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Forever. Yes, a pleasant, moving, even amusing documentary about a cemetery. Of course it happens to be Père-Lachaise in Paris, resting place of many luminaries. The Dutch director Heddy Honigmann has made the human most of the surprisingly varied visitors and their reasons for being there. (9.24.07)

The Last Winter. Set in a station on an Alaskan oil pipeline, the story quickly moves from physical adventure, which is not scanted, into deeper realms of self--a change brought about by the very setting. The last third or so, while exciting, is not equally rich, but all of it is incisively directed by Larry Fessenden. (10.8.07)

Lust, Caution. Ang Lee creates another work of unique and lasting value. Set chiefly in Shanghai under the Japanese occupation, it presents the unexpected result of a Chinese plot to kill a cruel Chinese time-serving official, a result brought about by the plot's success. Affectingly acted and discreetly directed. (From the upcoming 10.22.07 issue.)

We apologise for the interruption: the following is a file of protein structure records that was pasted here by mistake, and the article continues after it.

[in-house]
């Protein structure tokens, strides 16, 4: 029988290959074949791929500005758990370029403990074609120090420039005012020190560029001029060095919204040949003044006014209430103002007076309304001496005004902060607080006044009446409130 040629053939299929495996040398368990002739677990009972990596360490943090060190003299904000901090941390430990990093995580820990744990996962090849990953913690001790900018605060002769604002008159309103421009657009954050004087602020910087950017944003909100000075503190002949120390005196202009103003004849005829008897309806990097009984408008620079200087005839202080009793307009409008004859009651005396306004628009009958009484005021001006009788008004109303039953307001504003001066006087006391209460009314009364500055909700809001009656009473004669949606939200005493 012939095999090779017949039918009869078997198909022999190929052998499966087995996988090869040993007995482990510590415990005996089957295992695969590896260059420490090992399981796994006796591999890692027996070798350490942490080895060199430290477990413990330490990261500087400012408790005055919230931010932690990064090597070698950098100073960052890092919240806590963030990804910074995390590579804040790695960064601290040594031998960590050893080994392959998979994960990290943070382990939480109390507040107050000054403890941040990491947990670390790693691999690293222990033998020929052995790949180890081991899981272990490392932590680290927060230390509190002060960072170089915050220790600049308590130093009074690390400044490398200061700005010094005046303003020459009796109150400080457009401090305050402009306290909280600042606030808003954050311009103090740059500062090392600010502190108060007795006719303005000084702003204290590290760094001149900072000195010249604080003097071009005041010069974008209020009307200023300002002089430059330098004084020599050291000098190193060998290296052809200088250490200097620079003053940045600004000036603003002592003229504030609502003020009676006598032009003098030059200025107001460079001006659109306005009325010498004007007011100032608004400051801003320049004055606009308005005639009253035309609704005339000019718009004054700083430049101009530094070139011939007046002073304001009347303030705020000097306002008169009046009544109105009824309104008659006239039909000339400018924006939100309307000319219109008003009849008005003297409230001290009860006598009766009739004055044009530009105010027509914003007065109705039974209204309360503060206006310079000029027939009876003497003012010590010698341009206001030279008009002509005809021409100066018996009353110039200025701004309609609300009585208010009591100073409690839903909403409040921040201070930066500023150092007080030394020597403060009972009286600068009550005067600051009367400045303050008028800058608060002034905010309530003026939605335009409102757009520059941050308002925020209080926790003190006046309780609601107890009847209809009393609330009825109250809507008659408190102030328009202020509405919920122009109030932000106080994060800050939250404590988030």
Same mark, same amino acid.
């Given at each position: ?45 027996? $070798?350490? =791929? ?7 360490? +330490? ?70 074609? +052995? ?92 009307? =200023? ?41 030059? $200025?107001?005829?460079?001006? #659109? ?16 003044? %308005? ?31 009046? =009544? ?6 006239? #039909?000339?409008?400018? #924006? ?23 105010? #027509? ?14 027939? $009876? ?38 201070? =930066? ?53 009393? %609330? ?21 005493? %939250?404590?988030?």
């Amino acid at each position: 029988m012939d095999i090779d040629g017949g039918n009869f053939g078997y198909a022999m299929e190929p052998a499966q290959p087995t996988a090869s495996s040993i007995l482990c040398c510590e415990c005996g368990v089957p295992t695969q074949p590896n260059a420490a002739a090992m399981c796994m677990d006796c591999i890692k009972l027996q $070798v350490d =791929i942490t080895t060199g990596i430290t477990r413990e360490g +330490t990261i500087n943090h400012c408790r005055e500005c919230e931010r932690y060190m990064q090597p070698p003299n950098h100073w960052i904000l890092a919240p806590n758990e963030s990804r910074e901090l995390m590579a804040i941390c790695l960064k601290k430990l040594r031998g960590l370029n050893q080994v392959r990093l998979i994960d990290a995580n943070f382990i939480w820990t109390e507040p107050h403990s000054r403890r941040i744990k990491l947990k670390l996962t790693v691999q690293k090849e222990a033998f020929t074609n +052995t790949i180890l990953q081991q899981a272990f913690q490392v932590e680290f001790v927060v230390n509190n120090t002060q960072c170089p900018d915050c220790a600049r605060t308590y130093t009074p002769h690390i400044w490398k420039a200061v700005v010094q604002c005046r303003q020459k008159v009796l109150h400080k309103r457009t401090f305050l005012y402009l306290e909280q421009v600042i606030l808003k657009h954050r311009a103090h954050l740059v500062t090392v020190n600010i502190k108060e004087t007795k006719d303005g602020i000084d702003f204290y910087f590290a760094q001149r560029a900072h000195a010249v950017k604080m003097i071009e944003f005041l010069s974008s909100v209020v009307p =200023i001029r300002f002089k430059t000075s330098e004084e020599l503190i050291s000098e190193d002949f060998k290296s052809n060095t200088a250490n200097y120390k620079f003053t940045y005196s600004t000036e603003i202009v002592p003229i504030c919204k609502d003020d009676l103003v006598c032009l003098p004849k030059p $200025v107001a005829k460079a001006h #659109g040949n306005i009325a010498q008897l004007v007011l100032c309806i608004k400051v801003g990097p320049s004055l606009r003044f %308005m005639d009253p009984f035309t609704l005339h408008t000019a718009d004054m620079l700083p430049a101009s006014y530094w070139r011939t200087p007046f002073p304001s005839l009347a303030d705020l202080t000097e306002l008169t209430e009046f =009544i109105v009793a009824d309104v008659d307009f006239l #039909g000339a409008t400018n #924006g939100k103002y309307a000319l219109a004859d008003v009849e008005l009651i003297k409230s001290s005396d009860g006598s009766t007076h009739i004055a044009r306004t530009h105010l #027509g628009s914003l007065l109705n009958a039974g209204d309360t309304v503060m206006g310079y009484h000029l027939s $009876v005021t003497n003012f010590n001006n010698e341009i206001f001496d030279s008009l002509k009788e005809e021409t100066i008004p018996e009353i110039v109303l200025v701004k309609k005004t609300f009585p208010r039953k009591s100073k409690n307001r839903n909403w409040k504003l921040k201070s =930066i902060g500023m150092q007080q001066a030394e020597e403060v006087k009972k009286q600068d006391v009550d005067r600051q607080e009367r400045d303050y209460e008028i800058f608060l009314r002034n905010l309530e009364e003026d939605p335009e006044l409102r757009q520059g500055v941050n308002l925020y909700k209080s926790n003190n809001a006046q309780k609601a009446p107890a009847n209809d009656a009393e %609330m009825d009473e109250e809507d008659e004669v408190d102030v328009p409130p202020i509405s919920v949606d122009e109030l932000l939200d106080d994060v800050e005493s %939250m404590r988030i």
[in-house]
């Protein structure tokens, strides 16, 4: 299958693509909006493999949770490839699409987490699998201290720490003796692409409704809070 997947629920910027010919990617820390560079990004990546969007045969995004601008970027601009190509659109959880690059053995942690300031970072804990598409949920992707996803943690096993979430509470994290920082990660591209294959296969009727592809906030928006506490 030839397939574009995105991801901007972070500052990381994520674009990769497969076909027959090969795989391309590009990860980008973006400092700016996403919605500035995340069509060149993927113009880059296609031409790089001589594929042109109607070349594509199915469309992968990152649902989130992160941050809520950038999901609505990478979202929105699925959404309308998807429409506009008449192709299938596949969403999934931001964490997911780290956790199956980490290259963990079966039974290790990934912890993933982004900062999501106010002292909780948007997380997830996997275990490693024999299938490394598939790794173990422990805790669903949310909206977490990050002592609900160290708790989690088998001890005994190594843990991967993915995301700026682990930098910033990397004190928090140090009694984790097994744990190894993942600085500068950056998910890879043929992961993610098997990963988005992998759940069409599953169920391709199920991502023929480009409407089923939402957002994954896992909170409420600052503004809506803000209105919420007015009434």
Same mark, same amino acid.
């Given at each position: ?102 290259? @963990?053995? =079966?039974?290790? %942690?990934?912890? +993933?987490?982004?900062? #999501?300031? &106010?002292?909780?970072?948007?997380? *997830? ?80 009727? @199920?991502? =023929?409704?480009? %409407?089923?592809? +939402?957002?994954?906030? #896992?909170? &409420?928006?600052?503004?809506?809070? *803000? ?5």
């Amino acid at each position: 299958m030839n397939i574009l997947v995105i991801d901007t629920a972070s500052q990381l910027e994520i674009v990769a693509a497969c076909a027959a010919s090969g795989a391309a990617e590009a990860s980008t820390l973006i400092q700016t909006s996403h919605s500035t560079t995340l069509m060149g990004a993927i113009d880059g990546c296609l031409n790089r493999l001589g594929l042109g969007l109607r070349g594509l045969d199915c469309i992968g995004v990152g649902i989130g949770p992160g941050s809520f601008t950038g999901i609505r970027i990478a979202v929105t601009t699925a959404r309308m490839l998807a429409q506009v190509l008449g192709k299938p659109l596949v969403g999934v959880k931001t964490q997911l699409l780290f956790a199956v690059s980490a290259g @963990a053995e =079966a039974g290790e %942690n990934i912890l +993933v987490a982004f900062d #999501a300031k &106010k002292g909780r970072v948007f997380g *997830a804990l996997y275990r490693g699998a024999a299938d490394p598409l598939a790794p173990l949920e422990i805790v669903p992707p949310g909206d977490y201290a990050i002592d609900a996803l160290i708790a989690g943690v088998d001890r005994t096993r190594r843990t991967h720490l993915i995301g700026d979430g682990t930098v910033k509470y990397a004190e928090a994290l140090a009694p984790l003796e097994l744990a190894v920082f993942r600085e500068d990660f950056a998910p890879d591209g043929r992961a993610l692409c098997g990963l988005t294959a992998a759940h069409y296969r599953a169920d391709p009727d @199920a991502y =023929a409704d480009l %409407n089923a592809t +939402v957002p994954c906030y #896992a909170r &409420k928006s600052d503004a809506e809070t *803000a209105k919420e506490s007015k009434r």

Sleuth. Anthony Shaffer's 1972 two-character script, rewritten by Harold Pinter, recreates the clever twists through the smart directing of Kenneth Branagh. Michael Caine, who was the young man in the first film, is now the older one, and Jude Law vivifies the other man. Nearly unsagging entertainment. (From the upcoming 10.22.07 issue.)

Stanley Kauffmann is The New Republic's film critic.

By Stanley Kaufman